During the last 20 years, Argentina has been the point of entry through which GMOs have spread out over the Southern Cone. To understand the role this country has played in the most spectacular advance by a crop ever witnessed since the beginnings of industrial agriculture, it is indispensable to note the introduction of “Roundup Ready” (RR) soybeans – which resist Monsanto’s Roundup herbicide – into this country almost simultaneously with their approval in the United States in 1996. Argentina was the beachhead from which RR soy illegally invaded South America, coming to occupy over 46 million hectares of Argentina, Brazil, Paraguay, Uruguay, and Bolivia within the space of two decades. They were helped along on this course by a lack of public debate and by corporate capture of the regulatory apparatus, leading to arbitrary adjustments of the legal framework to suit the corporations’ requirements.
We have previously, and at length, discussed the social and environmental impacts of this expansioni: destruction of biodiversity, pollution, land concentration, displacement of farmers, destruction of regional economies, and increased corporate power. In this article, we present some significant developments that have occurred in the last year. These developments demonstrate that Argentina continues to be a global proving ground for GMOs even as public resistance grows. Argentina is becoming a mirror in which the world can behold its own future.
On the one hand, the government of Argentina has announced with great fanfare the introduction of new GMOs allegedly different from the existing ones in three ways: 1) the transgenes do not code for herbicide resistance or production of the Bt toxin; 2) some of them are claimed to promise yield increases, and 3) they have not been developed by corporations but by universities and public research institutes. These, however, are pretexts under which to continue imposing the same agribusiness model on our country.
On the other hand, public doubt and resistance is multiplying every day in many walks of life, while all appearances are that the GM model of agriculture is showing signs of strain. It is not as invincible as it once appeared.
The model has failed! Long live the model!
Herbicide-resistant weeds – foreseen by Monsanto vice-president Robert Fraley as early as 2007ii – are now a reality. And, as we anticipated from the outset, the solution being proposed for this problem is to introduce new GMOs resistant to other herbicides.
The most dramatic case is the approval in April 2015 of a soybean with stacked resistance to three herbicides: glyphosate, glufosinate, and 2,4-D by Dow AgroSciences. This soybean will, in all likelihood, cause a radical increase in herbicide use. Particularly concerning is the return of 2,4-D, a suspected human toxin notorious as a component of the defoliant Agent Orange used by the United States in the Vietnam War.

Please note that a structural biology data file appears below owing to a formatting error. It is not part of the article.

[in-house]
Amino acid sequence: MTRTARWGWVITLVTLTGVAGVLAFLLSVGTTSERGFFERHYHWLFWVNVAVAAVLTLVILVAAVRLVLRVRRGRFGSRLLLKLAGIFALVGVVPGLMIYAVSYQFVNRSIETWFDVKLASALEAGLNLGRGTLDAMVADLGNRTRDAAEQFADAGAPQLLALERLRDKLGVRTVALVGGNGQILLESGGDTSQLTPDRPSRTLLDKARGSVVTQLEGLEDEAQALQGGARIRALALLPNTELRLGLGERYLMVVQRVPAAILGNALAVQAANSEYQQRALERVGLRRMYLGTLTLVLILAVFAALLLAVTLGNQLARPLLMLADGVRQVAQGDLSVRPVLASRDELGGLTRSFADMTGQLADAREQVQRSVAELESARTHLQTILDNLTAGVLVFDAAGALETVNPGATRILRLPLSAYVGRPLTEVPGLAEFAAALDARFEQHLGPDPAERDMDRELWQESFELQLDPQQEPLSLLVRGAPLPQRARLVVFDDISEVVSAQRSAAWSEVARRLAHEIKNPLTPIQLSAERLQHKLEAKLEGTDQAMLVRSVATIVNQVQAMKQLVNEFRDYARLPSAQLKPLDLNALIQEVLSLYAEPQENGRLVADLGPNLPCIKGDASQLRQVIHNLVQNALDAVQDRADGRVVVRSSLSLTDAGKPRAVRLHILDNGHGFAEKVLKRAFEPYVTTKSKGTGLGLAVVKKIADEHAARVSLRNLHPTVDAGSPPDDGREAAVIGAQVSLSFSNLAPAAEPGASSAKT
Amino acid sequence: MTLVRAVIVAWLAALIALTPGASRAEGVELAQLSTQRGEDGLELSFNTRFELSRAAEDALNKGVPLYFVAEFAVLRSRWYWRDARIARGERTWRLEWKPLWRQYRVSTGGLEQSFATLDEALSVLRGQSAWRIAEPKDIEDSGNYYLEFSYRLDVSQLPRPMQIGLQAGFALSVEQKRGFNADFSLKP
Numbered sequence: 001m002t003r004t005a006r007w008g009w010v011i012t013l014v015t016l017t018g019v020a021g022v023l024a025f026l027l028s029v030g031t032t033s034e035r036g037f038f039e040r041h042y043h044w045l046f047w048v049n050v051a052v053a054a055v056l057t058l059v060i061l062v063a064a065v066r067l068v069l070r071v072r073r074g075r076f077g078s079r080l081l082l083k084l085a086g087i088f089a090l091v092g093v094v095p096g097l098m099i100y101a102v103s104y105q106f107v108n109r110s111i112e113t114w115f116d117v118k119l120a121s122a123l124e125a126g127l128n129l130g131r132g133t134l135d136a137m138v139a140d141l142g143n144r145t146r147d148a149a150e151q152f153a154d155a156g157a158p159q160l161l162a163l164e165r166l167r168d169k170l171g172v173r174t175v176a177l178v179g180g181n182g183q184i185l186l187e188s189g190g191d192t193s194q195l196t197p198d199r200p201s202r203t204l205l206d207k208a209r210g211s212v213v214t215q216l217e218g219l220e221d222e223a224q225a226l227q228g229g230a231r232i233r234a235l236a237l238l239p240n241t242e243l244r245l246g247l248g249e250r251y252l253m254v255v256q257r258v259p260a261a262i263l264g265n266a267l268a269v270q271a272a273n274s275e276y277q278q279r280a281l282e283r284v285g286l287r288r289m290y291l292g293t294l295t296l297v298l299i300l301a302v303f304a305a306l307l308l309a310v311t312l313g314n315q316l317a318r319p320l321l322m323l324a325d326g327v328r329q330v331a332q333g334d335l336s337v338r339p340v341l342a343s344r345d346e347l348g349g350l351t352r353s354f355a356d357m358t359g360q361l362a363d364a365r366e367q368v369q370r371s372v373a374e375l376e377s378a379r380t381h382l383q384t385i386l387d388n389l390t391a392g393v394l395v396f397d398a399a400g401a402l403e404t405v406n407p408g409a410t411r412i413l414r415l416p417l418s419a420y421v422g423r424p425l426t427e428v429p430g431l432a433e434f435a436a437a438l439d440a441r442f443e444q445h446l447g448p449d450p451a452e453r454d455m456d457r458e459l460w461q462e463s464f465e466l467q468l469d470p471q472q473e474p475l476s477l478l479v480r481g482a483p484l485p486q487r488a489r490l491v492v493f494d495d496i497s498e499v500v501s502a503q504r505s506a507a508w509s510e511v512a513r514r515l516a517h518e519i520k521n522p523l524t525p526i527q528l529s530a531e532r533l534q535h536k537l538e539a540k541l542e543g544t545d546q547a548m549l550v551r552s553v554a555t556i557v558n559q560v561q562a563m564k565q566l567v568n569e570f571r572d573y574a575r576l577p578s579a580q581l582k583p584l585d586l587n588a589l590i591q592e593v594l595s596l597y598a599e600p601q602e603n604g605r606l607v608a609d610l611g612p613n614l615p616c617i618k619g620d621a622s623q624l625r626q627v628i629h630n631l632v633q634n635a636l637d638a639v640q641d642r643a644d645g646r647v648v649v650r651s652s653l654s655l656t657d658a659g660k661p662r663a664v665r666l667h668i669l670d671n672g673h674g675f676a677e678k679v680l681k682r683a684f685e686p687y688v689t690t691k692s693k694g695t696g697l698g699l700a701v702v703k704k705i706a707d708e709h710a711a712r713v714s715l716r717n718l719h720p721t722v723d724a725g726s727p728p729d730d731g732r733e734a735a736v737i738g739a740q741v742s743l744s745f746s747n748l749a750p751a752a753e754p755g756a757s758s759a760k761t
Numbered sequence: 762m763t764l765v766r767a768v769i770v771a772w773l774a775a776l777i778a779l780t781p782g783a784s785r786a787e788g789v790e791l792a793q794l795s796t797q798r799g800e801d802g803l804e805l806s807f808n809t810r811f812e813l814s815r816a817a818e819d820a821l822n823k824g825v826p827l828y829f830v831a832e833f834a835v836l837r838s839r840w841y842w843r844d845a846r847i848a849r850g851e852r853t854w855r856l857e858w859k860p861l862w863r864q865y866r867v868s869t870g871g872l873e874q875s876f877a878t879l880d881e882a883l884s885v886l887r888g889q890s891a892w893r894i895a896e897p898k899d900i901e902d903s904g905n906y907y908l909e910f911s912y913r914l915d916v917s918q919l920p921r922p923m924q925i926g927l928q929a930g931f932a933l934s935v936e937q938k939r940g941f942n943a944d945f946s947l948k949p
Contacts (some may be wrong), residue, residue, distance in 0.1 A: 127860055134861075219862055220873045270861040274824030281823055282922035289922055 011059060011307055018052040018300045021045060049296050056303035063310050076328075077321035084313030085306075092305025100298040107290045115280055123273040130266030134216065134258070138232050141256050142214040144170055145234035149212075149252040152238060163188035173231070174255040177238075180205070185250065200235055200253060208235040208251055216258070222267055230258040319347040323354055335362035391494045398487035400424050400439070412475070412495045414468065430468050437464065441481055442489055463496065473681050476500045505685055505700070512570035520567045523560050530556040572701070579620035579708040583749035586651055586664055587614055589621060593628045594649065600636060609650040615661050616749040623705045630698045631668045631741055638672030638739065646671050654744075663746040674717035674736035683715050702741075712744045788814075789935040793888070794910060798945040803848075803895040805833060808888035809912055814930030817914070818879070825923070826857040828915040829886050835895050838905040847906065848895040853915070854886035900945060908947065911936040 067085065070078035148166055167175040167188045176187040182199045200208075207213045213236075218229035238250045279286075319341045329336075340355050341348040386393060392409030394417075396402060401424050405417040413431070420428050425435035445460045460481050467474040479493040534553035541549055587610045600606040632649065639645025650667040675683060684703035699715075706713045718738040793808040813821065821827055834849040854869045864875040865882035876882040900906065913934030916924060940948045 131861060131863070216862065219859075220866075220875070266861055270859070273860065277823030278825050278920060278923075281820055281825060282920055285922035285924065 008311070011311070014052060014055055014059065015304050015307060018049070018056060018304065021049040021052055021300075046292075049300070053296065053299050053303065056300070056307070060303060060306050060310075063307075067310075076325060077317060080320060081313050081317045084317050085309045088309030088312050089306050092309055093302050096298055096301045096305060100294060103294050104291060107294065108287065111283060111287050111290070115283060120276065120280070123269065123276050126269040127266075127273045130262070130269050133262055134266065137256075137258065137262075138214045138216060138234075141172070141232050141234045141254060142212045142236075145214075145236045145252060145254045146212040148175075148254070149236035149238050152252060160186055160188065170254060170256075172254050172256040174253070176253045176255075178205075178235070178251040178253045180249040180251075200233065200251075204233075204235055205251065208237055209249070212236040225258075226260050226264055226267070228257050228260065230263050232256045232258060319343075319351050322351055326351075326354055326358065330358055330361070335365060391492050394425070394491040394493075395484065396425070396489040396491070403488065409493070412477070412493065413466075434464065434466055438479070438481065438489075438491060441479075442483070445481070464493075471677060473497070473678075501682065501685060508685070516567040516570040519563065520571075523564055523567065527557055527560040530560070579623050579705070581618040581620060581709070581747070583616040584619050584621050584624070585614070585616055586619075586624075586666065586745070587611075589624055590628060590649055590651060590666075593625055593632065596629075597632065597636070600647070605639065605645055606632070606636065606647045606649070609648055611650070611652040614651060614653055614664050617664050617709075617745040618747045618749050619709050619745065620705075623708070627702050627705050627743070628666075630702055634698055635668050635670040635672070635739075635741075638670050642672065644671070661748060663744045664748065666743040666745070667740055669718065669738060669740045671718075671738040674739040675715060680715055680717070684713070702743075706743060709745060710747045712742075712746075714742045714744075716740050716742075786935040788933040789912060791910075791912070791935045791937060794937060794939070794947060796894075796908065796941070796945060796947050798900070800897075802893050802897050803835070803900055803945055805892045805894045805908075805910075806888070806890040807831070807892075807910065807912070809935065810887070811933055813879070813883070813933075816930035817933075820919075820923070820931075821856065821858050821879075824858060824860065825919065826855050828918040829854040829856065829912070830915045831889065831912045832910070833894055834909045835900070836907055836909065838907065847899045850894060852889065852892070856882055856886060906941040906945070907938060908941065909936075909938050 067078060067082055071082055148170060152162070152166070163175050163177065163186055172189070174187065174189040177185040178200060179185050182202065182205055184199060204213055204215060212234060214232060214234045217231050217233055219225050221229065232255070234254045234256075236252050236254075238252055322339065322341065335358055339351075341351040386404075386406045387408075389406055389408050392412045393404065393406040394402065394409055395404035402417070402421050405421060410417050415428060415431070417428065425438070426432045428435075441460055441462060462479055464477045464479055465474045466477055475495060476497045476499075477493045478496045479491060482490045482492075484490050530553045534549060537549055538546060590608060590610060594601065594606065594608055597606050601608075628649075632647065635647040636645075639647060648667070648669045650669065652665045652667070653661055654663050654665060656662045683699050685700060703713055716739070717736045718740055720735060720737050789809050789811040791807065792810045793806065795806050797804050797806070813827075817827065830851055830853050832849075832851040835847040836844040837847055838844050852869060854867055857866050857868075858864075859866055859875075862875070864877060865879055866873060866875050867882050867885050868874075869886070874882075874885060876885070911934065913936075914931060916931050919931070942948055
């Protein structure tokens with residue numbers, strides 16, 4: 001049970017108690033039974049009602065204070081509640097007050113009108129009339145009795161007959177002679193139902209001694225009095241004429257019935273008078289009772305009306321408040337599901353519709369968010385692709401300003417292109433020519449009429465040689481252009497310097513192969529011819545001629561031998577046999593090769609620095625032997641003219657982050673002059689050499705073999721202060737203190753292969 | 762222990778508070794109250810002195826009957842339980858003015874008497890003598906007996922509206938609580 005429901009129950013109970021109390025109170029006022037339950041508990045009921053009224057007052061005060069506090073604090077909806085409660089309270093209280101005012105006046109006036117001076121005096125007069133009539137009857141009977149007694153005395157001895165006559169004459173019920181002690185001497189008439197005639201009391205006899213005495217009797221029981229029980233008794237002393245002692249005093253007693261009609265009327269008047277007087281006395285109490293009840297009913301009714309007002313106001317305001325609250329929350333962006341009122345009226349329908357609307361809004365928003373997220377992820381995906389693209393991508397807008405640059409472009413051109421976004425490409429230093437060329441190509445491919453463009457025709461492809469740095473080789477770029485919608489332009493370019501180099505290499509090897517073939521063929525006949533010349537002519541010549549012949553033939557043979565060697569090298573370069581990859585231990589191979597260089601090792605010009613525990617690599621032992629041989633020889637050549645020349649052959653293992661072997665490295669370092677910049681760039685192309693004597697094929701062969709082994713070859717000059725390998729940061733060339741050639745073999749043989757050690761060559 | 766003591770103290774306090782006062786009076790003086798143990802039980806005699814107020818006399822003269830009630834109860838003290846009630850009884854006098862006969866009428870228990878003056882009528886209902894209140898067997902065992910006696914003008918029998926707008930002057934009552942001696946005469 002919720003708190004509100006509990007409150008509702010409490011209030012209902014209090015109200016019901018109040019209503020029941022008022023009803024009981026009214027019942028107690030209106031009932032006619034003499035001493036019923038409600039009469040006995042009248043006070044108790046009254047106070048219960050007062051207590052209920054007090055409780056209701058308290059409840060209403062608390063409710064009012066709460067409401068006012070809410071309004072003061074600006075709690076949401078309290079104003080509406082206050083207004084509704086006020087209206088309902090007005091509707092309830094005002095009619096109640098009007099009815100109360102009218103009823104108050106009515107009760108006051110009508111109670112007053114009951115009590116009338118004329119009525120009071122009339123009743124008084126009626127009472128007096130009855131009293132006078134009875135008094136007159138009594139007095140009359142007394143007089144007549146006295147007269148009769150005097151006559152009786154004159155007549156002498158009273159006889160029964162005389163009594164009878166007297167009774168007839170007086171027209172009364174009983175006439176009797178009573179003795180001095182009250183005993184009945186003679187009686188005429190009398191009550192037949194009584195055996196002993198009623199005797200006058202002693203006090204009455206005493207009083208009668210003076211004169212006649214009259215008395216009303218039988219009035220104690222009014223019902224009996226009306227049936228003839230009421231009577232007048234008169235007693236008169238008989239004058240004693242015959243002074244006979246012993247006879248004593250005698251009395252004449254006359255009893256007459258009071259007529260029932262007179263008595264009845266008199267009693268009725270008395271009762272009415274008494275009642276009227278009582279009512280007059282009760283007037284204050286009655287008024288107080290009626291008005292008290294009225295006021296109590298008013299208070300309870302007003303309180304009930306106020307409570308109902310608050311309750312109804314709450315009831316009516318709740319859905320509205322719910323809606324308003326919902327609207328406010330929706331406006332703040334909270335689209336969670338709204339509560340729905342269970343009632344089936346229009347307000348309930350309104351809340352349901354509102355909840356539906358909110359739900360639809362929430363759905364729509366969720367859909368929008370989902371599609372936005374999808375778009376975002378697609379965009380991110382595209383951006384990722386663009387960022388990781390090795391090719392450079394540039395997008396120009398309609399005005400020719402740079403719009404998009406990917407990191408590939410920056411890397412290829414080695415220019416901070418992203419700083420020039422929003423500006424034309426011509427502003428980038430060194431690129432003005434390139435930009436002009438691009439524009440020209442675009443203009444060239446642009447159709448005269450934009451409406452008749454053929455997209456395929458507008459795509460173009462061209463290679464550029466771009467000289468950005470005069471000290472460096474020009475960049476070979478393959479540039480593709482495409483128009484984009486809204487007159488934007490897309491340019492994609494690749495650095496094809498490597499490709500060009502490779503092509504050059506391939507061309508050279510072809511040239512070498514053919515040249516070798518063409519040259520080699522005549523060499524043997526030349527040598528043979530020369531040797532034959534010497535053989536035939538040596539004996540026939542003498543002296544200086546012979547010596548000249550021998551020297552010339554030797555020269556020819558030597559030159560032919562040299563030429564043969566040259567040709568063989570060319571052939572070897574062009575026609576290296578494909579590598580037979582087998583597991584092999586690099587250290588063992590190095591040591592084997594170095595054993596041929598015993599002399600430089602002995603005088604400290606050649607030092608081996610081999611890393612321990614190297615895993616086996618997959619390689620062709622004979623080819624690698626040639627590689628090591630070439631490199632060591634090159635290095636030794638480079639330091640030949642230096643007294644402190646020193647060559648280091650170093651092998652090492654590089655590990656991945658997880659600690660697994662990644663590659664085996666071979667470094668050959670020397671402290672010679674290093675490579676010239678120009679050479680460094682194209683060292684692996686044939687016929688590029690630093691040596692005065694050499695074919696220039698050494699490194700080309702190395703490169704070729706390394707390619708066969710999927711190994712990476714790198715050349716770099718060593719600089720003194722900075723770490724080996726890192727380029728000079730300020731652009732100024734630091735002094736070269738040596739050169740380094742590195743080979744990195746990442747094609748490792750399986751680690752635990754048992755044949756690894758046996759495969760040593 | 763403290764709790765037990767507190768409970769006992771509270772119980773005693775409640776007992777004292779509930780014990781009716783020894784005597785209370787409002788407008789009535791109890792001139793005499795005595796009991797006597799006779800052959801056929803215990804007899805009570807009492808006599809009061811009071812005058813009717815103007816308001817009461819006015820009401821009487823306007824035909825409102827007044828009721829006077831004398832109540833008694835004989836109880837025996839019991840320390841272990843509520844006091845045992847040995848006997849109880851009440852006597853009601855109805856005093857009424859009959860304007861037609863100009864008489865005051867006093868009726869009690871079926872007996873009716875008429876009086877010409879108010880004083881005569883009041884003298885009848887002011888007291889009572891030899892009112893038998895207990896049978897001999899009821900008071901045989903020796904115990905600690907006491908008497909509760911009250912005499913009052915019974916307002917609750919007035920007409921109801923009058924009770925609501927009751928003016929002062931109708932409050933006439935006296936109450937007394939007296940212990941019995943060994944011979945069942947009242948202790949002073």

In GRAIN’s article “Soy 2,4-D: waging war on peasants,”iii we warned of the implications of the approval of this new soybean, stating that “these new GMOs will mean the application of millions more litres of herbicides even more toxic than glyphosate, confirming the existence of a war against those peasants still holding out against the advance of agribusiness. But this time the scale of the assault is reaching a new peak of intensity.” 2,4-D soy has now been approved and is ready to be used for the further contamination of Argentina’s land. The only thing standing in the way of this product being rolled out is confirmation that China will buy the products.
But Argentina has not stopped at approving all the GMOs submitted by Big Biotech Corporations since 1996 (more than 30, all of them either herbicide-resistant or Bt maize, soy or cotton). It has now developed allegedly “public” GMO varieties independent of the corporations.
On 6 October 2015, two new GMOs were approved, and significant pressure is being exerted for the approval of a glyphosate-resistant sugarcane variety.
What are these new GMOs?
1. Drought-resistant soy
This soybean was developed at the Universidad Nacional del Litoral (UNL) by a research team headed by Dr. Raquel Chan and funded by the National Scientific and Technical Research Council (Conicet). This soybean contains a sunflower gene related to the plant’s natural response to abiotic stress conditions such as drought and salinity.
The patent on this soybean is owned by the government of Argentina through Conicet and the UNL, who have licensed it to the Argentine company Bioceres for 20 years. Gustavo Grobocopatel, the Argentine “King of Soy,” is one of the owners of Bioceres. But this soybean will largely be marketed under an agreement between Bioceres and the US biotech firm Arcadia to create a joint venture called Verdeca. The new company is involved in the development, release, and international marketing of transgenic soy varieties, drought-resistant soy being foremost among them.
Thus, there is no real independence from the large agribusiness corporations, and ultimate control of the product always remains in their hands. A concrete example of this is the agreement between Arcadia and Monsanto to grant the latter the use of the “Nitrogen Use Efficiency Technology in canola”iv in exchange for royalty payments.